Tag Archives: Evolution

The evolution of insect pollination: a new essay just published

Science MagazineIn the latest issue of the journal Science you’ll find a commentary essay entitled: “The origins of flowering plants and pollinators“, written by Casper van der Kooi and myself.  It’s open access so do go and read it.

This commentary brings together some  recent findings in palaeontology, molecular phylogenetics, and pollinator sensory physiology and behaviour, to discuss the progress that’s been made in understanding the deep-time evolution of this most familiar and charismatic of ecological interactions.

The short version is that the old conceptual models are absolutely wrong.  Some version of “first came the gymnosperms and they were primitive and unsuccessful because they were wind pollinated.  Then, at the start of the Cretaceous, the angiosperms evolved and they were insect pollinated and advanced and so more successful” continues to appear in text books.  But we’ve known for a long time that many of the Jurassic gymnosperms were insect pollinated.  This may (or may not) predate insect pollination of angiosperms: there are huge disagreements between palaeobotanists and molecular phylogeneticists about when the first flowering plants evolved.  The graphic above comes from our essay and shows just how big the discrepancy is: molecular models suggest an origin for the angiosperms about 70 million years prior to the first confirmed fossils.  That’s about equivalent to the whole of the Jurassic period!  There are similar disagreements when it comes to the evolution of pollinating insects: for the Lepidoptera (butterflies and moths) the difference between the earlier molecular and later fossil evidence may be as much as 100 million years.

As we discuss, there are huge implications in these discrepancies for understanding not just how major elements within the Earth’s biodiversity evolved, but also for the origins of pollinator sensory physiology.  Insect behaviours linked to colour vision and odour reception may in turn influence effective crop and wild plant pollination.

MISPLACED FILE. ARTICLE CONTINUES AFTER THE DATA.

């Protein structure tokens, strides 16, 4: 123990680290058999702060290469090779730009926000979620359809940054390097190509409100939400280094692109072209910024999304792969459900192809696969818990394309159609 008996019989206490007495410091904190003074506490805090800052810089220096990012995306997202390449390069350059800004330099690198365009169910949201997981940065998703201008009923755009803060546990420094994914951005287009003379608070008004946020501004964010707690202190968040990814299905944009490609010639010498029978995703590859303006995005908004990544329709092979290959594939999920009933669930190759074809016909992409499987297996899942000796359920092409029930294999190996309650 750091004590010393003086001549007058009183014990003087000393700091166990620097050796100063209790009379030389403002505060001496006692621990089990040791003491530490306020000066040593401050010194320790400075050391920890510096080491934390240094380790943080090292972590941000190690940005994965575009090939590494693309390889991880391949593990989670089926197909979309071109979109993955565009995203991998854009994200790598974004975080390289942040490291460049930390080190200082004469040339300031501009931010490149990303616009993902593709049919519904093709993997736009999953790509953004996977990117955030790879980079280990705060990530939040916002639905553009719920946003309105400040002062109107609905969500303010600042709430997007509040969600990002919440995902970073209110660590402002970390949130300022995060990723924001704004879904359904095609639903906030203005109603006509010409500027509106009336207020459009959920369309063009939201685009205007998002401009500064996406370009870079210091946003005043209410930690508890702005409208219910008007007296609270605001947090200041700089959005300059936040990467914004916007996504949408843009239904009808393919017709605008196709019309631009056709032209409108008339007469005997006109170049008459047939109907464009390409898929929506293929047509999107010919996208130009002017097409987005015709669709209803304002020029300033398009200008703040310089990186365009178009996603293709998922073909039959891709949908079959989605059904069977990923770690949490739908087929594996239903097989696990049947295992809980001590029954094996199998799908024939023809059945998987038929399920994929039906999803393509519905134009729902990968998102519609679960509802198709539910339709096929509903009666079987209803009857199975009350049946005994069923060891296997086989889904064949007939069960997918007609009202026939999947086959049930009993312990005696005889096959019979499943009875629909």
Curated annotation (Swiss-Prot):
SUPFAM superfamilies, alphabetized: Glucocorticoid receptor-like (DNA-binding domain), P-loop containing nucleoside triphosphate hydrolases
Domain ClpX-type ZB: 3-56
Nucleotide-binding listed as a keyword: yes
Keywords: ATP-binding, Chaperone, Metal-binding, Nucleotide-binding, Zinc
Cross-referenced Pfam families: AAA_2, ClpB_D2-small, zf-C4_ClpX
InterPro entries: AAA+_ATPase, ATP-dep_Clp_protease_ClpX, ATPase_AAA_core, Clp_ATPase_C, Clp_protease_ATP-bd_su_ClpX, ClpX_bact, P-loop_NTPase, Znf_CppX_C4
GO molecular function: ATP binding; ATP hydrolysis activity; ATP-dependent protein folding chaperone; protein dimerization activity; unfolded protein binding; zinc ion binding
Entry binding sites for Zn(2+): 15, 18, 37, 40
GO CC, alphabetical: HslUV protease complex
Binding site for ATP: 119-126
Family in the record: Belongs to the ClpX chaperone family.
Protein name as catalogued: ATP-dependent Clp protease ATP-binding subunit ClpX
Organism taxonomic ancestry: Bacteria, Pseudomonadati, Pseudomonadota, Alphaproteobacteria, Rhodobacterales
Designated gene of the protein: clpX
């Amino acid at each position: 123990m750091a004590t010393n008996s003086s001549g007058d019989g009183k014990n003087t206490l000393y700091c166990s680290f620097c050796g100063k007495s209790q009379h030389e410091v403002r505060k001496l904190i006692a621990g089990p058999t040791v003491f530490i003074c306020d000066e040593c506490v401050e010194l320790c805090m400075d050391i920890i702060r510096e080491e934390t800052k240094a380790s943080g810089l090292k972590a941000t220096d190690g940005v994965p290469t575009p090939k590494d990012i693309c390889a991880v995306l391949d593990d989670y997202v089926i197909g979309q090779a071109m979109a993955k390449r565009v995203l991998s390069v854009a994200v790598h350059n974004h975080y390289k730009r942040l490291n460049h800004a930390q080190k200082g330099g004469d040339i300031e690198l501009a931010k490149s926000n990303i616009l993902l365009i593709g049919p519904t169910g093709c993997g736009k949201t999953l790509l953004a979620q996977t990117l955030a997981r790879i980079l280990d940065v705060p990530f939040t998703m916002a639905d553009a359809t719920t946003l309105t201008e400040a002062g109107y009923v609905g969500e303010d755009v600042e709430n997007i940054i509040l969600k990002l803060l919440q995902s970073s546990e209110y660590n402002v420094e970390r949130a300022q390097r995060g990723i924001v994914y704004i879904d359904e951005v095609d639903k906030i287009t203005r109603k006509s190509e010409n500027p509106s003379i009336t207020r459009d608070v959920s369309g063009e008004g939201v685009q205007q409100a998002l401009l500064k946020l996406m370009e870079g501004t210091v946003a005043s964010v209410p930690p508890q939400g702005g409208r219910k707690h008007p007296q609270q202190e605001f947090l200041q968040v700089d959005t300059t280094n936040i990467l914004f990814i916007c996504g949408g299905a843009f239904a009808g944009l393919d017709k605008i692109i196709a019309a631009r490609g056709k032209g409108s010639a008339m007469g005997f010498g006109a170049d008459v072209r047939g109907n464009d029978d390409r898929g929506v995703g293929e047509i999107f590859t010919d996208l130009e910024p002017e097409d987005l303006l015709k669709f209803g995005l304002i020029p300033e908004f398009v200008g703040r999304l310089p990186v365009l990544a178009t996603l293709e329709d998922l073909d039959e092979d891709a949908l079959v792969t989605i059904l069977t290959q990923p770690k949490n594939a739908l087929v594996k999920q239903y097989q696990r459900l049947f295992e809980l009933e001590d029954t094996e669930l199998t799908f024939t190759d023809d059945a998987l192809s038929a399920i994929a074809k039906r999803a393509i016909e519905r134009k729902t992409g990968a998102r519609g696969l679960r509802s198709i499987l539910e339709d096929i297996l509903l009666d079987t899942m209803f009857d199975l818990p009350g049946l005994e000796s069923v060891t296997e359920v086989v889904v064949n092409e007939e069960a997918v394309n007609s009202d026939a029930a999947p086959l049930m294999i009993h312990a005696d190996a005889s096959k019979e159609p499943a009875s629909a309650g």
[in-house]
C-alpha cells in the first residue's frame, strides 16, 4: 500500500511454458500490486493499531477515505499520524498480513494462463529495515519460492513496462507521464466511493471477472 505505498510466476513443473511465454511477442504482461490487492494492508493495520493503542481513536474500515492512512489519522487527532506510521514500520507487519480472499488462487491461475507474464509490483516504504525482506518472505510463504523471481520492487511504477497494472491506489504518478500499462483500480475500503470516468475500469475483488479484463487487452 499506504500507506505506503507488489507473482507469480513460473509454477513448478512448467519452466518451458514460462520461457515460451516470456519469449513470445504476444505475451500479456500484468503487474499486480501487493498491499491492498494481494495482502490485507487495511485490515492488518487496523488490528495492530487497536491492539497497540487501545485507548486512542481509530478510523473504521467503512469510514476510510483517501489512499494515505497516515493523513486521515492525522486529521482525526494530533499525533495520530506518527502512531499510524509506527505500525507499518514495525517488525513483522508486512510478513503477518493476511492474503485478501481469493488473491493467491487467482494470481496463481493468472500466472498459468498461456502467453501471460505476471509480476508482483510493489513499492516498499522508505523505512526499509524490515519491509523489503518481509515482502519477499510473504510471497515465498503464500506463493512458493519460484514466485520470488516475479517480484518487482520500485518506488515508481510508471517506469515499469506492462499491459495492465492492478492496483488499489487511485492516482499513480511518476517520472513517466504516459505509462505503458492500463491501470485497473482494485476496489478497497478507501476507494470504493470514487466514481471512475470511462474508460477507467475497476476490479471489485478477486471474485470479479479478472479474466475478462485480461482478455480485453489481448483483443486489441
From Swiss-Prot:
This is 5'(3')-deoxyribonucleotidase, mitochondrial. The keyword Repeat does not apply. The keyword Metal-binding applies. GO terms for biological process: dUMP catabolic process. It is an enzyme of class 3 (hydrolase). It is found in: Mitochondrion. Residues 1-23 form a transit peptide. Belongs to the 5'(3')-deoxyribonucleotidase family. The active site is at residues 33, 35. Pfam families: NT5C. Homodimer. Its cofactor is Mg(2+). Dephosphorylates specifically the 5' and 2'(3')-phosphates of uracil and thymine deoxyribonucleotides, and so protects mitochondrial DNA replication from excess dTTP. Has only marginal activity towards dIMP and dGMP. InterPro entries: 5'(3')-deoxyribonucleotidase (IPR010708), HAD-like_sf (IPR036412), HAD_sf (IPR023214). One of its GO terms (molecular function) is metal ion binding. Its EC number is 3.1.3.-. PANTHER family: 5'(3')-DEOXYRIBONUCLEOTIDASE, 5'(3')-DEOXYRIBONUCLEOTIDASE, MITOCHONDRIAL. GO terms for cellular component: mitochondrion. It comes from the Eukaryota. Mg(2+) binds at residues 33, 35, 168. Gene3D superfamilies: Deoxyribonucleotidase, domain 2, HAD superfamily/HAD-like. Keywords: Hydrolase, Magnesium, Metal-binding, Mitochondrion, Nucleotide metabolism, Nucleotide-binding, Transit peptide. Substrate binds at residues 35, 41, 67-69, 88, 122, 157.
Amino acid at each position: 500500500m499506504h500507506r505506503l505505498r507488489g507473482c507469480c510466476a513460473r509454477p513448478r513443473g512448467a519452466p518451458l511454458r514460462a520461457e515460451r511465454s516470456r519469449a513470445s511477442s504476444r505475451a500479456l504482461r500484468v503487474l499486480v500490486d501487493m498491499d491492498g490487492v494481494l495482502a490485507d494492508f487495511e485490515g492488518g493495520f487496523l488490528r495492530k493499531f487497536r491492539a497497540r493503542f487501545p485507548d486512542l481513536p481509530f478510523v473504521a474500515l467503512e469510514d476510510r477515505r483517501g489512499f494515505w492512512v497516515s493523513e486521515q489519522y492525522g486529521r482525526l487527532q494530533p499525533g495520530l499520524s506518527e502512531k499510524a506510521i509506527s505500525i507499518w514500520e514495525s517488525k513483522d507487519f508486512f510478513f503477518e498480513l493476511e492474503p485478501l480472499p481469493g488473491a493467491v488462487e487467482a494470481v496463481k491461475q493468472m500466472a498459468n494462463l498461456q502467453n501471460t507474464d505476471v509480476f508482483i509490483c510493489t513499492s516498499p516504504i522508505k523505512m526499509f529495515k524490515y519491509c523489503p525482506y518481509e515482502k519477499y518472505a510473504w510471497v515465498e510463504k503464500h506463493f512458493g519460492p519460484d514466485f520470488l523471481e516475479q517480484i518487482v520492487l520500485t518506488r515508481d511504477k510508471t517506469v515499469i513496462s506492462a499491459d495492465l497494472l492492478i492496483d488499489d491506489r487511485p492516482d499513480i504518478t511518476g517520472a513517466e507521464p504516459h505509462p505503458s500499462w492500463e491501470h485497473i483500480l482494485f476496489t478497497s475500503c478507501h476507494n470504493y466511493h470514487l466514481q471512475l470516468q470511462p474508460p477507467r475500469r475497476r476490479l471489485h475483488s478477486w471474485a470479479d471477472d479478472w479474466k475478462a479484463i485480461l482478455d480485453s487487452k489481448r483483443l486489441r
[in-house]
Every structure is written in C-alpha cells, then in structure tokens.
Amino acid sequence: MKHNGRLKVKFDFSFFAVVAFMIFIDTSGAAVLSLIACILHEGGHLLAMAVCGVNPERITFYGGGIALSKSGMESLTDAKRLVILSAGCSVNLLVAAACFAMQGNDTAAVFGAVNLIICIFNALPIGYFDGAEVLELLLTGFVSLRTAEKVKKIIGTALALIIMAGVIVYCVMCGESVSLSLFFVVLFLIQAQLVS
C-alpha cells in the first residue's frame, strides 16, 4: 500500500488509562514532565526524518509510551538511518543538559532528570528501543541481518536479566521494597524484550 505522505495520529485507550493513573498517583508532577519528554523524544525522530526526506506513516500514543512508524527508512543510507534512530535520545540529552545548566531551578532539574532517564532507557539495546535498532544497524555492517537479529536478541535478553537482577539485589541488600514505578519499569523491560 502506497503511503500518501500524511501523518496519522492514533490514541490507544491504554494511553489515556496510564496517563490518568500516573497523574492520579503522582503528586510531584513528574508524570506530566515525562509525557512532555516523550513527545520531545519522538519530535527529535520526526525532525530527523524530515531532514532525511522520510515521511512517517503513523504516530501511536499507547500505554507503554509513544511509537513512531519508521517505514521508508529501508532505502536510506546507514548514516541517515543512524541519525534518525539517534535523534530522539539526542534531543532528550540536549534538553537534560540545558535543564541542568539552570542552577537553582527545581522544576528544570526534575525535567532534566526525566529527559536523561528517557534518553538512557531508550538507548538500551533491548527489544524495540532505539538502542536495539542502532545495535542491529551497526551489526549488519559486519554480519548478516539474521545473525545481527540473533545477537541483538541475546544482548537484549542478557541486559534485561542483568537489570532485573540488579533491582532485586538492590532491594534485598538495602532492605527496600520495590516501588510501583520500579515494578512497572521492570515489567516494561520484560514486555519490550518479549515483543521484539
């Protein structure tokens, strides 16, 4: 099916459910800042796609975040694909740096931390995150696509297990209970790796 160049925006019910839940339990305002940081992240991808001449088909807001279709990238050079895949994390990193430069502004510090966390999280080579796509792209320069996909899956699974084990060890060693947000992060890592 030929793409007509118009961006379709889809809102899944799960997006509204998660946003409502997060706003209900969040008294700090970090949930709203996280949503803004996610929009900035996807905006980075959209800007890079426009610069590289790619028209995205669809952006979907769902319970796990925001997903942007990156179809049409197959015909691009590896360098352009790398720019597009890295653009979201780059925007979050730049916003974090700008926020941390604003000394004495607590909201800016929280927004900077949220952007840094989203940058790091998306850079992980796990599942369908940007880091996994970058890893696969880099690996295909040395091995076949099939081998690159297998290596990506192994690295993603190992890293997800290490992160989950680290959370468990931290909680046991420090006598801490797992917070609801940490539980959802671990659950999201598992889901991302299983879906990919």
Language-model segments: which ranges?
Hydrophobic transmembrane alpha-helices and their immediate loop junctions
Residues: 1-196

The image accompanying our essay is by the very talented biologist, science communicator and graphic designer Elzemiek Zinkstok – follow that link and check out her work.

 

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Filed under Biodiversity, Evolution, Pollination

Pollinators, flowers, natural selection and speciation: a virtual conference

Ashy Mining Bee 2017-06-17 10.55.45

It’s been a couple of years since I posted my previous “virtual conferences” on Pollinators, Pollination and Flowers and Ecology and Climate Change, a lapse that has largely been due to lack of time (my default excuse for most things these days….).  However Judith Trunschke at Uppsala University in Sweden has risen to the challenge of guest-curating her own virtual conference*.  The theme here is how pollinators impose (or sometimes don’t impose) natural selection on flowers that results in the formation of new plant species:

Timo van der Niet (IIASA 2010): Plant-diversification through pollinator shifts

Timo van der Niet (Congresos UCA 2014): Disentangling the contribution of pollinators in shaping angiosperm orchid genus Satyrium

Anne Royer (Evolution 2016): Plant-pollinator association doesn’t explain disruptive selection & reproductive isolation

Brandon Campitelli (Evolution 2016): Pollinator-mediated selection and quantitative genetics

Yuval Sapir (Evolution 2016): Rethinking flower evolution in irises: are pollinators the agents of selection?

Ruth Rivken (Evolution 2014): The mechanisms of frequency-dependent selection in gynodiocious Lobelia siphilitica

Gonzalo Bilbao (Botany 2017): Pollinator-mediated convergent shape evolution in tropical legumes

My grateful thanks to Judith for curating this great set of talks; if anyone else would like to do the same, please get in touch.

Feel free to discuss the talks in the comments section and to post links to other talks on the same topic.

 

*I’m assuming that, as all of these videos are in the public domain, none of the presenters or copyright owners objects to them being presented here.  If you do, please get in touch and I’ll remove it.

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Filed under Bees, Biodiversity, Birds, Butterflies, Evolution, Honey bees, Hoverflies, Mutualism, Pollination, Wasps